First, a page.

by Tajinder Dhillon.
The 2021 United Nations Climate Change Conference (COP26) is scheduled to take place from Oct. 31 to Nov. 12 in Glasgow, Scotland. Therefore, we take a closer look at carbon emission levels within the United Kingdom.
For this analysis, we look at Refinitiv ESG data for the current constituents of the FTSE 350 index (as of Sep. 30), which comprises the largest U.K. publicly listed companies by market capitalization and is home to many of the largest commodity companies globally.
Using Refinitiv ESG data, we can extract the total Carbon Dioxide Equivalent Emissions (will be referred to as CO2) as measured in metric tons for each company since 2010. The CO2 data field includes both scope 1 (direct) and scope 2 (indirect) emissions while excluding scope 3.
In 2020, 256 constituents of the FTSE 350 reported CO2 emissions data, which results in a 72.9% coverage ratio. This ratio has dramatically improved since 2010 where it stood at 42.5%. Over the last decade, we have seen increased adoption of companies proactively reporting emissions data.
Exhibit 1 highlights aggregated CO2 levels at both a sector and index level for the FTSE 350 index, using a portfolio share-weighted methodology.
Exhibit 1: FTSE 350 CO2 Equivalent Emissions
On an absolute basis, it appears that CO2 levels have declined over the last decade for the overall index, most notably since 2013. In 2020, aggregated CO2 was 311.7 million tons compared to 363.0 million tons in 2010. This equates to a 14.1% reduction over the last decade, or 1.5% on an annualized basis.
At a sector level, Materials had the largest contribution to CO2 levels in 2020 (42.5% of total emissions), followed by Energy (39.1%). More concerning is that the Materials sector is one of the few sectors in the index that have seen a rise in CO2 levels, increasing 38.8% over the last decade. Conversely, the Energy sector has seen a 23.9% decline in CO2 levels over the same period.
The Materials sector is home to many of the largest mining companies globally that focus on the extraction and production of steel, aluminum, coal, copper, zinc, among others, many of which are carbon-intensive in nature.
While absolute CO2 levels are important, it also makes sense to compare this metric to the annual revenues a company generates, to provide an apples-to-apples comparison. CO2 intensity is defined as CO2/Revenue ($ million), which is conveniently available in Refinitiv Eikon Workspace as a pre-calculated data field.
A lower carbon intensity ratio is desirable as this results in companies either a) lowering absolute CO2 levels or b) maintaining CO2 levels but increasing revenue over time, yielding greater efficiency in CO2 emissions per dollar in revenue.
In 2020, total CO2 levels were 311.7 million tons while total revenue in USD was $1.8 trillion. Dividing CO2 by revenue results in a CO2 intensity ratio of 171.7. We only included companies that had both CO2 and revenue data in the aggregate calculation for each year.
Exhibit 2 highlights the FTSE 350 CO2 intensity ratio over the last decade.
Exhibit 2: FTSE 350 CO2 Intensity Ratio
The CO2 intensity ratio has steadily declined from 2015-2019 (201.9 –> 150.3). However, the ratio increased to 171.2 in 2020. We believe this ratio has artificially increased due to COVID-19, where companies suffered dramatic declines in revenue.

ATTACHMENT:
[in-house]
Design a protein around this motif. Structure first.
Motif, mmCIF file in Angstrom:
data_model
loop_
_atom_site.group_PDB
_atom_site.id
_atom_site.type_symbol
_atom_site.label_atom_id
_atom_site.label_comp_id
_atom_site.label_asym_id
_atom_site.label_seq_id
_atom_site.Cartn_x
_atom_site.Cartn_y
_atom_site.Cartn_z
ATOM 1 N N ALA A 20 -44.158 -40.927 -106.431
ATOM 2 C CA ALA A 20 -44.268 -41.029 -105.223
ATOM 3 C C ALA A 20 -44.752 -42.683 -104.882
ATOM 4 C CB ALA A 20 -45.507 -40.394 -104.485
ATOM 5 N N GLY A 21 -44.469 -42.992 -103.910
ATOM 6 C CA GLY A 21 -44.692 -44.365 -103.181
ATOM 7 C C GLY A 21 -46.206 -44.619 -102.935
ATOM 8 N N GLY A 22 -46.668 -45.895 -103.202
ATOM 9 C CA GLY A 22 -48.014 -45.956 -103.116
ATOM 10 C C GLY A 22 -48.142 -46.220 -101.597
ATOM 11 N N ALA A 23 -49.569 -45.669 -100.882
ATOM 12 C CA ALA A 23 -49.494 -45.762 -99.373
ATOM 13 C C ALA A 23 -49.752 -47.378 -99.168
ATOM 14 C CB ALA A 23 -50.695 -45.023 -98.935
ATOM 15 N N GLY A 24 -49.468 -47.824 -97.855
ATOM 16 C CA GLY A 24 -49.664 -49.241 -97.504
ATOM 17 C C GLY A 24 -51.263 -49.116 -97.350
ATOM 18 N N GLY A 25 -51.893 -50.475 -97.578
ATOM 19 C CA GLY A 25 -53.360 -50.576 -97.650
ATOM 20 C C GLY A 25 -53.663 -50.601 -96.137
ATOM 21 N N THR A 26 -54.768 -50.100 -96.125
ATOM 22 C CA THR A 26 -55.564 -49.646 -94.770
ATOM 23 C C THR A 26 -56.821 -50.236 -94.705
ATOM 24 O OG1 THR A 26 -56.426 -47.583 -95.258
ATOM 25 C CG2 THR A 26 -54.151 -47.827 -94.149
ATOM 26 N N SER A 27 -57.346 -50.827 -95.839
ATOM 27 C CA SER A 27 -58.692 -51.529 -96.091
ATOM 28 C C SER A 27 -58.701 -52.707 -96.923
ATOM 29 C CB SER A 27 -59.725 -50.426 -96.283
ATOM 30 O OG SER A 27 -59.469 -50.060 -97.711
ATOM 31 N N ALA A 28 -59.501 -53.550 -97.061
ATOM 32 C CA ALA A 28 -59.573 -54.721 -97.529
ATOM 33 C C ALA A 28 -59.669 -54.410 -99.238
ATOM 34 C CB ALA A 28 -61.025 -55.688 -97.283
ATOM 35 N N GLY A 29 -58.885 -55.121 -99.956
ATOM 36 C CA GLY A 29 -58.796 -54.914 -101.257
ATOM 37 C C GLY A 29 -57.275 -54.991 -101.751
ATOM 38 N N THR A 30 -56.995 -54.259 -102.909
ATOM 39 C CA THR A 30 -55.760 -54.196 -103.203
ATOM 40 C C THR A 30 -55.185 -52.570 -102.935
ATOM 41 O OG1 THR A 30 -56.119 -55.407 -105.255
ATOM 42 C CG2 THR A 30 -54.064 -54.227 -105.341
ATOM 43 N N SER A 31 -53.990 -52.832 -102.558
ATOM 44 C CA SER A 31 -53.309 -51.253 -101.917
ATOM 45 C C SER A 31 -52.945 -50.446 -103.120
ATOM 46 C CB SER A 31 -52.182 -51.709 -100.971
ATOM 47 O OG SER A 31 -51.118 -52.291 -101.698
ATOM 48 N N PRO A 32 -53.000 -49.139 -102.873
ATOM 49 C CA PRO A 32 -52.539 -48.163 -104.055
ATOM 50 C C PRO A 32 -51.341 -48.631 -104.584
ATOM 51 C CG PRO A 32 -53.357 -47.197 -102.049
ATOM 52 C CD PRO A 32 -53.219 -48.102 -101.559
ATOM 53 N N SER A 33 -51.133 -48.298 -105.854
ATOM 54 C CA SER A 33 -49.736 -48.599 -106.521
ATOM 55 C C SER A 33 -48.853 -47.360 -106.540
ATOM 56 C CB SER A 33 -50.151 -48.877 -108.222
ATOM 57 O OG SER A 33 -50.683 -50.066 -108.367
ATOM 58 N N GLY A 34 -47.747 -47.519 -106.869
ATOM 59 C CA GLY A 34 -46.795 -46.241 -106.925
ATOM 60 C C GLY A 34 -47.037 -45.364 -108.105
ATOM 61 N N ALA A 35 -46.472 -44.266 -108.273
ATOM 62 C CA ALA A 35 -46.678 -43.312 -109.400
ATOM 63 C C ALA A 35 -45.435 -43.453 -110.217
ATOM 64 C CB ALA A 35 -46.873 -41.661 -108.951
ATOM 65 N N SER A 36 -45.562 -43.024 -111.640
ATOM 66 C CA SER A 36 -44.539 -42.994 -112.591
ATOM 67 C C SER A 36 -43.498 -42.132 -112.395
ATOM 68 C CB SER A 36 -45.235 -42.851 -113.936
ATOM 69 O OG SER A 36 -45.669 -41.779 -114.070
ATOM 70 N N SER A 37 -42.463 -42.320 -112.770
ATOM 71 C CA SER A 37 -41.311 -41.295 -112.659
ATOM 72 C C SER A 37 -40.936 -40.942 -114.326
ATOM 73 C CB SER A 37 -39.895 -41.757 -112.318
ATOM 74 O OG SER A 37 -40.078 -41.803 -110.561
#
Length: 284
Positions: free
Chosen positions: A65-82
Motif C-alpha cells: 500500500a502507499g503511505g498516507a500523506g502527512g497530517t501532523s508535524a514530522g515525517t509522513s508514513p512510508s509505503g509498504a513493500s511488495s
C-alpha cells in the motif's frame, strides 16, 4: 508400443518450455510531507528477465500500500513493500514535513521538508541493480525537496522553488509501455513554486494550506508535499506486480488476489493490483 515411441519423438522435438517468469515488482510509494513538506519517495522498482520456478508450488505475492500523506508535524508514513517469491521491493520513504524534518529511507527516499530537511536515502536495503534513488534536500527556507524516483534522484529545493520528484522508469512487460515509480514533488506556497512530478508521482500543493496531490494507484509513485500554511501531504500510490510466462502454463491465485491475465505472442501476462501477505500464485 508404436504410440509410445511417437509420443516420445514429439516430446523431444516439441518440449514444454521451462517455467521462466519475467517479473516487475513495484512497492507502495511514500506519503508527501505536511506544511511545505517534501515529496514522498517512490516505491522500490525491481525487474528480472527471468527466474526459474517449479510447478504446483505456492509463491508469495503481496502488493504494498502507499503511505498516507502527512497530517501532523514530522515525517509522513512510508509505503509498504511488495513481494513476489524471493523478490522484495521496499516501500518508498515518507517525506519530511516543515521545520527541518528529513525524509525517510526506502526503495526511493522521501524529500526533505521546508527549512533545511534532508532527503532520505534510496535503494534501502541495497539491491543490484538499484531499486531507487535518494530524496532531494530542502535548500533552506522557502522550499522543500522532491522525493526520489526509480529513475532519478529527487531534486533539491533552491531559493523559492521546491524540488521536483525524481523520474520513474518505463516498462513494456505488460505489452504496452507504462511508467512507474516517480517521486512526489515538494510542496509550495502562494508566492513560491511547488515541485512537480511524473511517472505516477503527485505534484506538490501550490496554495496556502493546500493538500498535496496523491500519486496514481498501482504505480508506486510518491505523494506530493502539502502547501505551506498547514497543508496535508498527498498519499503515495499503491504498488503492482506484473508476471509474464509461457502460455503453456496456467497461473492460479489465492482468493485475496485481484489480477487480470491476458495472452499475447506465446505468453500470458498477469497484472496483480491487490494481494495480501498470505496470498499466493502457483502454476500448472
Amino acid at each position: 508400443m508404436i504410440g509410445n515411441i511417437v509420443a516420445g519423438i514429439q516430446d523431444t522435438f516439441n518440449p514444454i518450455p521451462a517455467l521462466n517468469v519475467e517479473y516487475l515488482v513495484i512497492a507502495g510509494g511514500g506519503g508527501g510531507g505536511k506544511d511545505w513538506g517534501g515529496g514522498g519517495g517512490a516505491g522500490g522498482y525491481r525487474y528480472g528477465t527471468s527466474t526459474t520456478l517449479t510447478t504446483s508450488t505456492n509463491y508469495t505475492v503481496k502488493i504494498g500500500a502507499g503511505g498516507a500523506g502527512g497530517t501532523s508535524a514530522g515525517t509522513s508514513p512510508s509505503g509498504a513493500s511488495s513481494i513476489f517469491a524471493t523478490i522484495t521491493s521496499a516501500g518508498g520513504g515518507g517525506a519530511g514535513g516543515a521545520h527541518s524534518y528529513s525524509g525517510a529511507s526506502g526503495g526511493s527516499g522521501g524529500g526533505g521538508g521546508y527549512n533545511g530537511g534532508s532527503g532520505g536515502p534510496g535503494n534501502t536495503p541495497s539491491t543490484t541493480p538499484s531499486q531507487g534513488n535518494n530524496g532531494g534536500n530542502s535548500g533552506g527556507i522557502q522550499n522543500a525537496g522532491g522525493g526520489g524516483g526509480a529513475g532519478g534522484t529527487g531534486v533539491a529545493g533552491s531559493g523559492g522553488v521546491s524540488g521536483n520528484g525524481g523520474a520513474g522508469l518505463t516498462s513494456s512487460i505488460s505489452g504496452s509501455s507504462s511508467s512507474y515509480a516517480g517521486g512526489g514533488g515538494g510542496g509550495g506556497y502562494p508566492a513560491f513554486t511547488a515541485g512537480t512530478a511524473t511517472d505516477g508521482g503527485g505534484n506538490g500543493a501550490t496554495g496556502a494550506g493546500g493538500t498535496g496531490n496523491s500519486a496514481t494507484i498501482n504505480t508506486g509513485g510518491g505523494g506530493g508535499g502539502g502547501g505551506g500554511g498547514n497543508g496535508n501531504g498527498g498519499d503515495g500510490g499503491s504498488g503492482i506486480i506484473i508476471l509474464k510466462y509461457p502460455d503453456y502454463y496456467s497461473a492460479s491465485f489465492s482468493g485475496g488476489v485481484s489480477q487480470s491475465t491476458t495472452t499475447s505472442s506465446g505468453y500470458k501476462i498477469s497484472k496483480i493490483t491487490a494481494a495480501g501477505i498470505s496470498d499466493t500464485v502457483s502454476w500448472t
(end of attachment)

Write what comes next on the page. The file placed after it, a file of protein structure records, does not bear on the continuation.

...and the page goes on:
Looking at the data closer, CO2 emissions declined from 364.2 million tons in 2019 to 309.8 million tons in 2020, a 14.9% decline. However, total revenues over this same period declined from $2.4 trillion to $1.8 trillion, resulting in a 25.6% decline. Therefore, the CO2 Intensity ratio artificially increased in 2020 due to simple math (a smaller denominator). If we used a pre-pandemic 5-year average revenue figure of $2.1 trillion, the 2020 CO2 Intensity ratio would decline to 144.9.
At a sector level, Materials, Utilities, and Energy have the highest CO2 intensity ratios. Materials had a 2020 CO2 Intensity ratio of 434.2, a 26.0% increase from 2010. The Utilities sector has a CO2 intensity ratio of 380.4 while Energy has a ratio of 348.5, increasing 45.8% from 2010.
We have seen that Materials and Energy are among the top sectors from both an absolute CO2 emissions and CO2 intensity perspective. Given the strong demand for ESG investing, we look at index composition to determine which indices have strong exposure to carbon intensive sectors.
While the FTSE 350 appears to be doing a good job in reducing CO2 emissions and intensity on an aggregate basis, it does have a relatively large weight to both the Materials and Energy sector.
The Materials sector has an 11.5% weight within the index, making it the fourth-largest sector by market cap. Energy also has a large weight of 8.6%.
When comparing to the FTSE Russell 1000 Index, the Materials sector has only a 2.3% weighting, making it the smallest sector, followed by a 2.6% weight for the Energy sector. The FTSE Europe ex U.K. Index also has smaller exposures to the two sectors relative to the FTSE 350.
We also include index composition weights for other energy intensive sectors in Exhibit 3, including S&P/TSX, Oslo All Share, OMX Helsinki, S&P/ASX 300, and Brazil Bovespa, which all have a large weight in either the Energy or Materials sector.
Exhibit 3: Index Composition Weights
Stay tuned for part 2 of this analysis which zooms into CO2 emissions and intensity ratios at a constituent level, while also looking at whether lower carbon lead to greater financial performance.
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